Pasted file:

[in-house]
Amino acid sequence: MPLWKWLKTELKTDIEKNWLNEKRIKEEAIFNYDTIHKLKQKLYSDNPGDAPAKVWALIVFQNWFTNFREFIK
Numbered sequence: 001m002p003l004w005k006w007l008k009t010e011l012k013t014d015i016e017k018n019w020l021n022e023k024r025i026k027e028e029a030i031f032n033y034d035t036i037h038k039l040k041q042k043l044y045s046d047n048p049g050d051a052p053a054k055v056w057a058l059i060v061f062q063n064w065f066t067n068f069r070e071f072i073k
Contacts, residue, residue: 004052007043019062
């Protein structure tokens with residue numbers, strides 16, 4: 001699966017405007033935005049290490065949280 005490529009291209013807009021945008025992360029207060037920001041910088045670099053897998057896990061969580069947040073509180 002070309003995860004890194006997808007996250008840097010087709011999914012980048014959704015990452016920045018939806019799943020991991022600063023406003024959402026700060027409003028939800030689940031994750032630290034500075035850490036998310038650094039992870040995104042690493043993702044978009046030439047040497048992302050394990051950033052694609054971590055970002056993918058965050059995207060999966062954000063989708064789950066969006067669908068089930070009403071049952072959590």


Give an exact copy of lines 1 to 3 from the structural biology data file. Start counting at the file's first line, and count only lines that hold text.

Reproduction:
[in-house]
Amino acid sequence: MPLWKWLKTELKTDIEKNWLNEKRIKEEAIFNYDTIHKLKQKLYSDNPGDAPAKVWALIVFQNWFTNFREFIK
Numbered sequence: 001m002p003l004w005k006w007l008k009t010e011l012k013t014d015i016e017k018n019w020l021n022e023k024r025i026k027e028e029a030i031f032n033y034d035t036i037h038k039l040k041q042k043l044y045s046d047n048p049g050d051a052p053a054k055v056w057a058l059i060v061f062q063n064w065f066t067n068f069r070e071f072i073k